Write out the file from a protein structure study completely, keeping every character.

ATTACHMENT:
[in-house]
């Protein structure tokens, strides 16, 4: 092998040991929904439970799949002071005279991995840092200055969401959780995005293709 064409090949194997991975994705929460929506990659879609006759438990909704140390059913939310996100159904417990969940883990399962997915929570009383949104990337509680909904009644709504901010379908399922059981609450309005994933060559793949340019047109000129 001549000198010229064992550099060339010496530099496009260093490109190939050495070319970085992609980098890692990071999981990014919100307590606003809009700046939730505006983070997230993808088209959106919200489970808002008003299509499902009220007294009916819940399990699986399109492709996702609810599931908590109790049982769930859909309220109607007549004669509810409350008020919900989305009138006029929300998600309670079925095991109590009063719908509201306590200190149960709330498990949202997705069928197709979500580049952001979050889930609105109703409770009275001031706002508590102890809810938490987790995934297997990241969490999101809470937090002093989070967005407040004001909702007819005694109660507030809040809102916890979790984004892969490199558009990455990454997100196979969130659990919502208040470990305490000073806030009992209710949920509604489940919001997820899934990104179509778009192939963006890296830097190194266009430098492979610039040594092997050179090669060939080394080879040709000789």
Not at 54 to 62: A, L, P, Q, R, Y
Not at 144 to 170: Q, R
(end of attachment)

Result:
[in-house]
């Protein structure tokens, strides 16, 4: 092998040991929904439970799949002071005279991995840092200055969401959780995005293709 064409090949194997991975994705929460929506990659879609006759438990909704140390059913939310996100159904417990969940883990399962997915929570009383949104990337509680909904009644709504901010379908399922059981609450309005994933060559793949340019047109000129 001549000198010229064992550099060339010496530099496009260093490109190939050495070319970085992609980098890692990071999981990014919100307590606003809009700046939730505006983070997230993808088209959106919200489970808002008003299509499902009220007294009916819940399990699986399109492709996702609810599931908590109790049982769930859909309220109607007549004669509810409350008020919900989305009138006029929300998600309670079925095991109590009063719908509201306590200190149960709330498990949202997705069928197709979500580049952001979050889930609105109703409770009275001031706002508590102890809810938490987790995934297997990241969490999101809470937090002093989070967005407040004001909702007819005694109660507030809040809102916890979790984004892969490199558009990455990454997100196979969130659990919502208040470990305490000073806030009992209710949920509604489940919001997820899934990104179509778009192939963006890296830097190194266009430098492979610039040594092997050179090669060939080394080879040709000789």
Not at 54 to 62: A, L, P, Q, R, Y
Not at 144 to 170: Q, R